I mentioned a this past week that I was watching the classic Doctor Who episodes. Harvey asked me to let him know if I found any redeeming qualities in them. After watching Season One, I’ll give my impressions and perhaps answer his question.
I mentioned that I was only able to watch some episodes, since not all are available.
Turns out there are more of those than I thought. Hulu carries many episodes from the first season, but some episodes are missing from their lineup. Some, Hulu just doesn’t carry (not sure why, but there’s probably a good reason). Some simply no longer exist, after the tapes were destroyed. But, it seems, the Doctor Who world (that is, the shows legions of fans, not Gallifrey) won’t let a silly thing like episodes not existing stop them.
Here’s the deal. While Hulu carries 23 episodes from Season One, a total of 42 were made. Of those remaining 19 episodes, 10 exist, and 9 are lost/destroyed. But, I’ve watched them all. Kind of.
Turns out that DailyMotion has a lot of episodes available, including those missing-from-Hulu ten from Season One, plus two others that were reanimated by the BBC; those look like some of the Japanese cartoons you’ll see on Adult Swim. That left seven missing episodes. Some fans have obtained the audio (the videos were destroyed, but audio tracks still exist) and made movies using stills from the missing episodes.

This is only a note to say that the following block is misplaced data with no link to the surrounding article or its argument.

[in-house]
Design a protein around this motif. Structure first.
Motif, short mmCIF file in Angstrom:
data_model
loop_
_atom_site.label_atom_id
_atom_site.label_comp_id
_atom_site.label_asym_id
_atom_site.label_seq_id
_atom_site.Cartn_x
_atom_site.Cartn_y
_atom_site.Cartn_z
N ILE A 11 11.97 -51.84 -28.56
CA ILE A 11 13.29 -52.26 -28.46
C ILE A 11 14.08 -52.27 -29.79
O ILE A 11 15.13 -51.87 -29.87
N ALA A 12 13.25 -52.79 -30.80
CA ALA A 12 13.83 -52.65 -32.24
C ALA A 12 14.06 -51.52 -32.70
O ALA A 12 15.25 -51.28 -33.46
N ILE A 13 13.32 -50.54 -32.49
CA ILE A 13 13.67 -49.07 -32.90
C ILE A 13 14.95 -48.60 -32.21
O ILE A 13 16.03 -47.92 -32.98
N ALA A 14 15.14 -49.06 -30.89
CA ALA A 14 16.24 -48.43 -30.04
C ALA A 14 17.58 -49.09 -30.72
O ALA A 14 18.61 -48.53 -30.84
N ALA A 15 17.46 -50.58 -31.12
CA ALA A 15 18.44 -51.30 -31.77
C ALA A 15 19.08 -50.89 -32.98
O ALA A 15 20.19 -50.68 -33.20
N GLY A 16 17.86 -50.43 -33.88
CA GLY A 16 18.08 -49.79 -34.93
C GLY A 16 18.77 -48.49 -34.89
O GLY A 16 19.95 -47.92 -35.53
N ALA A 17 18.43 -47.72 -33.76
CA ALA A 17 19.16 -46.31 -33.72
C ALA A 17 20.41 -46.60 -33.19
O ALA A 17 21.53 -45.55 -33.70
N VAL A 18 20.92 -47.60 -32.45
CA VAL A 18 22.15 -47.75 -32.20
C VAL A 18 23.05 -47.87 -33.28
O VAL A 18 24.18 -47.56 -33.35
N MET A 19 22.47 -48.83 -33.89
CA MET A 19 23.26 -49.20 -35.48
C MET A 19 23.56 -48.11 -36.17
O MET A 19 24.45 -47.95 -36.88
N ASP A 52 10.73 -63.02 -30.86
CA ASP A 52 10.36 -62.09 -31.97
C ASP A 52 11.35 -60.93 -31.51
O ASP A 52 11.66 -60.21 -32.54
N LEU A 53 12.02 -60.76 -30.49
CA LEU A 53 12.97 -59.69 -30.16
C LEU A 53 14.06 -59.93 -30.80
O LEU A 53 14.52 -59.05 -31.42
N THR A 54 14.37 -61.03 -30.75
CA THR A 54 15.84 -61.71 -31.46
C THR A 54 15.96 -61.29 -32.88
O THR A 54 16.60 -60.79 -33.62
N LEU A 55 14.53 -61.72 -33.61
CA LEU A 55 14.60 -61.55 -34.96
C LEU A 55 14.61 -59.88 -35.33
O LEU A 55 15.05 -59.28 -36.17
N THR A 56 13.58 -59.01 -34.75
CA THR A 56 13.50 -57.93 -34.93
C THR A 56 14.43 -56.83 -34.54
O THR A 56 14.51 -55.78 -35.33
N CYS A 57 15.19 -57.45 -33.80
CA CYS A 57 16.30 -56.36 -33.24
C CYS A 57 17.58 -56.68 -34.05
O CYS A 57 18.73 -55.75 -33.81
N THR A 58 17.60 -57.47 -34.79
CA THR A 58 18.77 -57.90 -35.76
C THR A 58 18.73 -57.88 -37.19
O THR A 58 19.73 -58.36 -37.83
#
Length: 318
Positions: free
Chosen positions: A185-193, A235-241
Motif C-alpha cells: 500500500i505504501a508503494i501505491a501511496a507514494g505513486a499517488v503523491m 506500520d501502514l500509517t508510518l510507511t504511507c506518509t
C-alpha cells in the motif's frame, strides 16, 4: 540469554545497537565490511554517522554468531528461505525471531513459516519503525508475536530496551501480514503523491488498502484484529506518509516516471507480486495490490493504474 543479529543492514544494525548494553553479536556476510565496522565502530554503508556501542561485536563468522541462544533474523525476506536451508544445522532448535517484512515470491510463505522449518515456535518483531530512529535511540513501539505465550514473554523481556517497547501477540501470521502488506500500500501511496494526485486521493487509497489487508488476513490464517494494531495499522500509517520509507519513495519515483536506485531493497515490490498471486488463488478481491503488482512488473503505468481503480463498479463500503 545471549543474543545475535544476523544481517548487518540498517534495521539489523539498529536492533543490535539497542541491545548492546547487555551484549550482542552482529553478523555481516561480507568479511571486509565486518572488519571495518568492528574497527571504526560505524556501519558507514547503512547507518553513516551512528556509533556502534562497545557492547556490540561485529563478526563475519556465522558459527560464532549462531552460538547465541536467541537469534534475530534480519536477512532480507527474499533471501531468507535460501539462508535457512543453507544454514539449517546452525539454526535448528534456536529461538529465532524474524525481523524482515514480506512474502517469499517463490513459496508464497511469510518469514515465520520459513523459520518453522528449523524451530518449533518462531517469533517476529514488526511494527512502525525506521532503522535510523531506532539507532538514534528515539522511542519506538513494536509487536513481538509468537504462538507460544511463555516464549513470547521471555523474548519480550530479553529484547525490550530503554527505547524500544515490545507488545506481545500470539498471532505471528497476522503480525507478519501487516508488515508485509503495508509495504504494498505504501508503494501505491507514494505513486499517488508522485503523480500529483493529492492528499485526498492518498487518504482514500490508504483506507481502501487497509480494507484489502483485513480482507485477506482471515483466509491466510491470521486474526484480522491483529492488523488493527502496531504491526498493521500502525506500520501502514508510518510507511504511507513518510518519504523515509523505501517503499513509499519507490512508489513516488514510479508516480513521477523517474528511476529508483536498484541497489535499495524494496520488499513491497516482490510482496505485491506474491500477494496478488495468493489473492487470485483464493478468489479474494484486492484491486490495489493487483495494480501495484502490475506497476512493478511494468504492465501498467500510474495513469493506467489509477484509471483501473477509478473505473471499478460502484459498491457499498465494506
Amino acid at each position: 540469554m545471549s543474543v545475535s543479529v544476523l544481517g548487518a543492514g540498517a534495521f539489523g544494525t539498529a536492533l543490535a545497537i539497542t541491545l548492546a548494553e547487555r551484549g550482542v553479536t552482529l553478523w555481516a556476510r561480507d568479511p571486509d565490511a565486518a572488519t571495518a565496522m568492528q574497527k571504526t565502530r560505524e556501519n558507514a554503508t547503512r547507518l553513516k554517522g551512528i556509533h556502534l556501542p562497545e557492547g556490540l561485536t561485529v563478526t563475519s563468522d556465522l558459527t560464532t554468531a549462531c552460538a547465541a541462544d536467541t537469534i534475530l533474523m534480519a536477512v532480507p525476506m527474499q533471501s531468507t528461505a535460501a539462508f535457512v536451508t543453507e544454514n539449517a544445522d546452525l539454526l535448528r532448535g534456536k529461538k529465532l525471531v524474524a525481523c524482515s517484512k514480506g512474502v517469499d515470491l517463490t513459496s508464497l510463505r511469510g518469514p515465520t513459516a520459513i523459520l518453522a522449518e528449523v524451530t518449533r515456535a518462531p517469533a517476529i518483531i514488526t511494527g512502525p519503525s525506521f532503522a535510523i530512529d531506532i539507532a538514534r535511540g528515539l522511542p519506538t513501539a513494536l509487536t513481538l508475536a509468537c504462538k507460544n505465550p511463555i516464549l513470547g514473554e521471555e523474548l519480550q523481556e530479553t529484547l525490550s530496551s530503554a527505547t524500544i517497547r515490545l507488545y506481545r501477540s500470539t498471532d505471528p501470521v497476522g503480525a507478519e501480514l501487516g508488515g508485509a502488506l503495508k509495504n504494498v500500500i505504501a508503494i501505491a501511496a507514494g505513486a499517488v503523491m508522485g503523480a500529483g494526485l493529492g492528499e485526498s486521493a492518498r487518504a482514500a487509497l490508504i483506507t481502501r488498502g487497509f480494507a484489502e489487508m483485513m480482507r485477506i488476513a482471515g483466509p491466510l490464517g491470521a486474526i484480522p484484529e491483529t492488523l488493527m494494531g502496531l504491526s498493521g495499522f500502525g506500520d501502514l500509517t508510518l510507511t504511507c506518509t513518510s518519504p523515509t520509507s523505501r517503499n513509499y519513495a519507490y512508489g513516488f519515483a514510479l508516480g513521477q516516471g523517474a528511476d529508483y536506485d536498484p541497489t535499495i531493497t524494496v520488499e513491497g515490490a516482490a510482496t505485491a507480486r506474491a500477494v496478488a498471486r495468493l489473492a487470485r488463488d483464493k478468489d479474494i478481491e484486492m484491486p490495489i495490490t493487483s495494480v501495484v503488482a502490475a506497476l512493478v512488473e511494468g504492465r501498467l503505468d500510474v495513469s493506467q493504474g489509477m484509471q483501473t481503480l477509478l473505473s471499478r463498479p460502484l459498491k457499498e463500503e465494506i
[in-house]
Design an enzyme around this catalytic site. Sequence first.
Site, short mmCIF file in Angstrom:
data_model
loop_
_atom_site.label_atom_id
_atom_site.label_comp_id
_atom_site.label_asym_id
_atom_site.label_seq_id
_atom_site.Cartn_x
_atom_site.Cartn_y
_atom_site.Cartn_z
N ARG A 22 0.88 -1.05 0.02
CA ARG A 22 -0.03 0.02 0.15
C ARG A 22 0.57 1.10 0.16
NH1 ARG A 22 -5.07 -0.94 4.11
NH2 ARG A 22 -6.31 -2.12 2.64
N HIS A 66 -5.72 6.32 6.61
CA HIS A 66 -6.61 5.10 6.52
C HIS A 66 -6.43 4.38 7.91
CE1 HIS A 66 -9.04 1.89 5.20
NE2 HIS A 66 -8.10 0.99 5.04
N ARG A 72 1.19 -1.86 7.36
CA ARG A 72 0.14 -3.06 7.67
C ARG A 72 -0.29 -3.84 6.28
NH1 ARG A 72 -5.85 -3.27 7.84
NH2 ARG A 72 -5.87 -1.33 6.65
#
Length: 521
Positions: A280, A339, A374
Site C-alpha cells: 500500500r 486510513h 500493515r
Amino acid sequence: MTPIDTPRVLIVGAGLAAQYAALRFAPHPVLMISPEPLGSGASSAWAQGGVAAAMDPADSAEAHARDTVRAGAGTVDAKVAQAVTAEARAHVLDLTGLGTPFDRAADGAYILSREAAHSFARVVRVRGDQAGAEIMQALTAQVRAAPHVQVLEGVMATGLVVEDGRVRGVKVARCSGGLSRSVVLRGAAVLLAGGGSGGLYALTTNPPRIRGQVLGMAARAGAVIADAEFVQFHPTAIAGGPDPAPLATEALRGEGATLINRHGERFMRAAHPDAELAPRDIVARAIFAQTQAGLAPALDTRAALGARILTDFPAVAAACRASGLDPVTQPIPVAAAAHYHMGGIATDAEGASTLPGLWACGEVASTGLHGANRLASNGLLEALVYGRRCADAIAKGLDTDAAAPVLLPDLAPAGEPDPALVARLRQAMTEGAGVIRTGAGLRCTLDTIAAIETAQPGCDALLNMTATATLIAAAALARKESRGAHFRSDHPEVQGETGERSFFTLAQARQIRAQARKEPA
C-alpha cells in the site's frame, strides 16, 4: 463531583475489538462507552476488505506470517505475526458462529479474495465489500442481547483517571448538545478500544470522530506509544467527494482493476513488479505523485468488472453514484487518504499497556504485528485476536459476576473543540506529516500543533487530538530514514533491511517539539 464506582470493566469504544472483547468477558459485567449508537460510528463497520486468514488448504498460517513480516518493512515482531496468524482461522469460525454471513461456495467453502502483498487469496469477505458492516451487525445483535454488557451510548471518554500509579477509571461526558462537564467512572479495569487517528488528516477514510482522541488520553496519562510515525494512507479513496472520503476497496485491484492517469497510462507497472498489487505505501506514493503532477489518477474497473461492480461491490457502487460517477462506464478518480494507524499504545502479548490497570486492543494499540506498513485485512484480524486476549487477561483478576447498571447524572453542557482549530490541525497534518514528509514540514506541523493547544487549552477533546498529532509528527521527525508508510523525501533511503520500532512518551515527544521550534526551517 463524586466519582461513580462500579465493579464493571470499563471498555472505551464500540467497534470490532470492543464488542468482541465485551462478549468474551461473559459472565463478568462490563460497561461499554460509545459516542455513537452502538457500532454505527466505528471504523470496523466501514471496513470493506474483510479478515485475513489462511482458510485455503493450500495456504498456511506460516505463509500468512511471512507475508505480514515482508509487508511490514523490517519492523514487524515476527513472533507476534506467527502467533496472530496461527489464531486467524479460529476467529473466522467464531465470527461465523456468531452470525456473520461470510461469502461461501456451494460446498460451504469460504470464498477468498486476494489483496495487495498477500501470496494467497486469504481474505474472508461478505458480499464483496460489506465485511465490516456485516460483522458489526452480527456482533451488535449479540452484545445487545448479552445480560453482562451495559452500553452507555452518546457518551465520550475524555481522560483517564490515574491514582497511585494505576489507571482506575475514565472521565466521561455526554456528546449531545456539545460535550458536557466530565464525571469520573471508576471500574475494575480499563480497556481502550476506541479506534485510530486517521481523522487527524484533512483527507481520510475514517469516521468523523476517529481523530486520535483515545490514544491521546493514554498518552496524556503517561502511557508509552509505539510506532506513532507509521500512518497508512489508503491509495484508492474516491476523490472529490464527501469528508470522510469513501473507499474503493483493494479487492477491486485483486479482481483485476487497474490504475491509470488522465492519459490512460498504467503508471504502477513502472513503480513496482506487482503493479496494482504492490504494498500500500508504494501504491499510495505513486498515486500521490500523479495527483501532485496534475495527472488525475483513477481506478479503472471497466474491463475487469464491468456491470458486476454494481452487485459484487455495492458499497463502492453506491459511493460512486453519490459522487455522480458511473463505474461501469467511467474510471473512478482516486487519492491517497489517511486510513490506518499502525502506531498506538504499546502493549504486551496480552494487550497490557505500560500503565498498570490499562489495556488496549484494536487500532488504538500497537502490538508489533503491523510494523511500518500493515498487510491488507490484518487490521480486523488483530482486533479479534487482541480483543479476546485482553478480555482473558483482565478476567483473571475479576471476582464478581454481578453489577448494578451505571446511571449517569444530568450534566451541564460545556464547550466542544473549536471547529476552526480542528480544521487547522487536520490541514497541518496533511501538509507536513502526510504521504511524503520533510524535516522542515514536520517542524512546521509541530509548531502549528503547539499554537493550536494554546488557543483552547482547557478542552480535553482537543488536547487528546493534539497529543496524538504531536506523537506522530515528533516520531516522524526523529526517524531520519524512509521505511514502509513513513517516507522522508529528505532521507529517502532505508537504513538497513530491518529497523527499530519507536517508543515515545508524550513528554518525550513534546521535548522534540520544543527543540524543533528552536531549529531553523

All that means I’ve now watched all 42 episodes from Season One.
To answer Harvey’s question, I’m not sure if there are redeeming qualities. But, I find the show oddly appealing. It’s a little silly at times, cheaply made like most TV from that era, particularly British shows. Some shows are played for laughs, others try to be serious.
One of the criticisms I read of The Reign of Terror series was that it expected the viewer to know some actual history about the French Revolution. And any show that treats the audience as if they’re at least half-way intelligent can’t be all bad.
In the first season, I learned why the TARDIS always looks like a Police Call box (the thingy that makes it change appearances to blend in with its surrounding broke after it landed in 1963 London), saw the Doctor’s first encounter with the Daleks (I still they they look silly, with the plumber’s helper coming out the front), heard him give a full name for himself (“John Smith,” but he wasn’t serious), and learned that the Aztecs spoke with British accents.
Redeeming qualities? Other than expecting the audience to have a little bit of sense, there’s not much. But that, in and of itself, is head and shoulders above just about everything you see on TV today.
I’ll watch at least another season of cheesy episodes. But, unless you really want to hear about it, I’ll keep the reviews to myself.
For now, excuse me. I have a TARDIS to catch.